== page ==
Info
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Course 2017-2018 a.y.

20555 - CITIES AND REGIONS: MANAGING GROWTH AND CHANGE


CLMG - M - IM - MM - AFC - CLEFIN-FINANCE - CLELI - ACME - DES-ESS - EMIT - GIO
Department of Social and Political Sciences

Course taught in English


Go to class group/s: 31

CLMG (6 credits - I sem. - OP  |  SECS-P/06) - M (6 credits - I sem. - OP  |  SECS-P/06) - IM (6 credits - I sem. - OP  |  SECS-P/06) - MM (6 credits - I sem. - OP  |  SECS-P/06) - AFC (6 credits - I sem. - OP  |  SECS-P/06) - CLEFIN-FINANCE (6 credits - I sem. - OP  |  SECS-P/06) - CLELI (6 credits - I sem. - OP  |  SECS-P/06) - ACME (6 credits - I sem. - OP  |  SECS-P/06) - DES-ESS (6 credits - I sem. - OP  |  SECS-P/06) - EMIT (6 credits - I sem. - OP  |  SECS-P/06) - GIO (6 credits - I sem. - OP  |  SECS-P/06)
Course Director:
ALBERTO BRAMANTI

Classes: 31 (I sem.)
Instructors:
Class 31: ALBERTO BRAMANTI


Course Objectives
The course aims at understanding what the economic rationale, the effects, and the policy implications of territorial competition in a global world are.

Well over half of the world’s population now lives in cities, generating more than 80% of global GDP. Given the rapid growth and development of many cities, competition between them for businesses, investments and talents will only get fiercer. Cities and regions are the main focus of the course, it concentrate on numerous and different ‘ingredients’ shaping their competitiveness and their sustainability over time.

Beyond territorial competitiveness innovation and talents exert a dramatic impact: the aim of the course is to provide the theoretical and operational tools useful to grasp the role of technology, soft innovation and human capital on urban and regional change and growth.

Course Content Summary
The general objective of the course is to give students relevant insights into various aspects of the evolving paths of cities and regions. The course has been designed both for students interested in ‘meso economics’ (in between micro firms and actors and macro States and governments), and for students interested in multi-level governance for competitiveness, innovation and talents. The presentation of real world case studies further enhances the link between theoretical frames and specific policies.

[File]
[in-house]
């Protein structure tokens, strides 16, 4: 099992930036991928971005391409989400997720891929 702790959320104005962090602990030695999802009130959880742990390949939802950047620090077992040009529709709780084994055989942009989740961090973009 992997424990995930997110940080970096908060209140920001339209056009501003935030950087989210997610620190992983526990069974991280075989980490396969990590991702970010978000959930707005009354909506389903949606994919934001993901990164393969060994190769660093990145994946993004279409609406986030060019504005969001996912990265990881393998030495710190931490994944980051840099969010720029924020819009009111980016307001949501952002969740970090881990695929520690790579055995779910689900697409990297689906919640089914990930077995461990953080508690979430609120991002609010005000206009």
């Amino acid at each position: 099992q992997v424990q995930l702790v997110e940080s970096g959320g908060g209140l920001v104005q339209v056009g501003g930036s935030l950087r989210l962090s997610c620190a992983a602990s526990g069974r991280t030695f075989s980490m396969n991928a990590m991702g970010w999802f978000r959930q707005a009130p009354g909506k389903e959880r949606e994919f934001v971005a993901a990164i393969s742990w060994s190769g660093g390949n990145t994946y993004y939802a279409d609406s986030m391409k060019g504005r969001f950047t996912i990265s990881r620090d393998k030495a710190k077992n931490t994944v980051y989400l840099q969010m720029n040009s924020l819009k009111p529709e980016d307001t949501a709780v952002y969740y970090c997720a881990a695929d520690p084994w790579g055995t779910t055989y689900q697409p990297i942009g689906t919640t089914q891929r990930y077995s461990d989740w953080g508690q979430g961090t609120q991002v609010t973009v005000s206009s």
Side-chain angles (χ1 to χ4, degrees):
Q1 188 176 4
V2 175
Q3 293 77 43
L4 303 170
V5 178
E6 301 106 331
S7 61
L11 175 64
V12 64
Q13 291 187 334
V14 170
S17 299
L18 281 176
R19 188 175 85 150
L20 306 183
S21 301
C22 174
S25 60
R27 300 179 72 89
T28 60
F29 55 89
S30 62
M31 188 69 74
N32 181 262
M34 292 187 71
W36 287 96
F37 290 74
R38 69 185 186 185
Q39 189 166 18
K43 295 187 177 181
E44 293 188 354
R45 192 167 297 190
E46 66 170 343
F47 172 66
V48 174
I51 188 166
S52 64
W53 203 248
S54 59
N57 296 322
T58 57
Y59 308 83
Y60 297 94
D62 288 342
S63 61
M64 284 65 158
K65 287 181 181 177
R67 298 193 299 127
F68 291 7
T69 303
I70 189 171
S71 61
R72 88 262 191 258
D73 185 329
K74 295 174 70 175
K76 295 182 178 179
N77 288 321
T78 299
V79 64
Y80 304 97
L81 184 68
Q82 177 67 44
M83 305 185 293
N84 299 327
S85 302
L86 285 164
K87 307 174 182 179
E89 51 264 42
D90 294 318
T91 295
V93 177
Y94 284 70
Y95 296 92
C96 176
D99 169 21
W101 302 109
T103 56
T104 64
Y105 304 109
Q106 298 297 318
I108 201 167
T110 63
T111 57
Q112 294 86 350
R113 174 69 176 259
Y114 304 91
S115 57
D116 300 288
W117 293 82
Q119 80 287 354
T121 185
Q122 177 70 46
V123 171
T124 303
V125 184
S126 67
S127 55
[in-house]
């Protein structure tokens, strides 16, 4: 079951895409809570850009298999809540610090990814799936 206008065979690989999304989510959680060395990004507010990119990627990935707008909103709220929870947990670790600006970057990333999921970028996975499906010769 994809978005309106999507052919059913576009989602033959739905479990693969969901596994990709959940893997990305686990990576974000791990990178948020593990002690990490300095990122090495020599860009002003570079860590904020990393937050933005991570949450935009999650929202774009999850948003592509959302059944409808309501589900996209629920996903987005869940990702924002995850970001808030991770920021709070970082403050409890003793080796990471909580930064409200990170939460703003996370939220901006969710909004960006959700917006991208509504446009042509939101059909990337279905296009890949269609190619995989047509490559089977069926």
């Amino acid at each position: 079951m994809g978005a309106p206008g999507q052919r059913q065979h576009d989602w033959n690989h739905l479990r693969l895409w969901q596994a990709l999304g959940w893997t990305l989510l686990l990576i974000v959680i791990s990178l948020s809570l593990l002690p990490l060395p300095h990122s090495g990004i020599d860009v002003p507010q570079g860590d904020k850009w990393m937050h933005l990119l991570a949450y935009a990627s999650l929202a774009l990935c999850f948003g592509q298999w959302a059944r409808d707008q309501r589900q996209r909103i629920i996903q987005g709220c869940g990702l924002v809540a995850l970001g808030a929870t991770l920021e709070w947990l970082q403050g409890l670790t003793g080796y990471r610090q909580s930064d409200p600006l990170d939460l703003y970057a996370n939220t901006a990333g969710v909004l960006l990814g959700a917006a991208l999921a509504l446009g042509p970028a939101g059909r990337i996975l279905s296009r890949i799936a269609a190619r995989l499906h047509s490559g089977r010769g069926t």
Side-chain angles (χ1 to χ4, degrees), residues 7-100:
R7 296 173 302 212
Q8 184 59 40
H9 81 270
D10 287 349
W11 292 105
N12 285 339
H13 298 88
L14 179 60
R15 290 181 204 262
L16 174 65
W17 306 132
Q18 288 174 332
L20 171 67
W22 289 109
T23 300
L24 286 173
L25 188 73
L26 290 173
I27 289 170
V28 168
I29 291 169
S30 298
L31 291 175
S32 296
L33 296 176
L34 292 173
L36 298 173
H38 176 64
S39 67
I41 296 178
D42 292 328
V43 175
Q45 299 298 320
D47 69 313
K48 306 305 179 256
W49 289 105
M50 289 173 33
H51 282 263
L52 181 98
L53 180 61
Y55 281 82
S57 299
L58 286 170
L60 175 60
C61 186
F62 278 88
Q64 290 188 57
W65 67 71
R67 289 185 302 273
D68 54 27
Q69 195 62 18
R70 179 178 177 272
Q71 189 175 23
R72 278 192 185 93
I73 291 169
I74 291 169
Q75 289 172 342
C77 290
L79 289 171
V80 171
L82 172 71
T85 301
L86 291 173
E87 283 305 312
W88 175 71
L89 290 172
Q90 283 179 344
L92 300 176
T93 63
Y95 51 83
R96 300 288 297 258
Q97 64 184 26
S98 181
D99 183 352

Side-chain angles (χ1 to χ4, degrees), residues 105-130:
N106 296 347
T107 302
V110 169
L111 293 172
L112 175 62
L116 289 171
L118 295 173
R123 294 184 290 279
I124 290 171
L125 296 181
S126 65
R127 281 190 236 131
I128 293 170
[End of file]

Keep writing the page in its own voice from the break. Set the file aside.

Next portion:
The course is divided into four modules

  • The first one provides a critical insight in the main contemporary literature in discussing the role and the changing dimensions of cities on a global scale.
  • The second module analyses the concept of region and its intertwined linkages with the city. Concepts such as ‘global city-region’ is addressed in some detail.
  • The third one is devoted to the analysis of innovation networks and their urban and regional dimensions. The concepts of ‘clusters’ and ‘islands of innovation’ are widely used to look at the dynamic paths of territories.
  • The fourth one develops an analysis of urban and regional job markets and their recent evolution within the paradigm of the knowledge-driven economy. Policies to develop human capital and to attract talents are presented in depth.
In developing the four main contents of the course we come through two specific tools widely applied in the relevant literature: composite indicators (the ‘global city competitiveness index’ or the ‘regional innovation scoreboard’, to name but a few) and network analysis.

The course dedicates some time to deepen these technical tools, allowing students to become ‘users’ at least at an intermediate level.


Detailed Description of Assessment Methods
Partial exams are not scheduled.


For attending students

Written exam based on the course materials: short open questions and multiple choices; pro-active class participation. The final grade is determined by weighing grades for the following components (valid for the 3 exam sessions of 2018)

  • 30% discussions and class participation.
  • 70% final written exam.

For non attending students

Pro-active class participation is substituted by a short written essay (around 25.000-30.000 words) agreed in advance with the course Director. The final grade is determined by weighing grades for the following components (valid for the 3 exam sessions of 2018)

  • 30% written essay.
  • 70% final written exam.

Textbooks
The course mixes teaching lectures, guest lectures and class discussion. There is no textbook. Specific readings are provided by the instructors on the course e-Learning.

Prerequisites
NONE
Last change 23/03/2017 10:40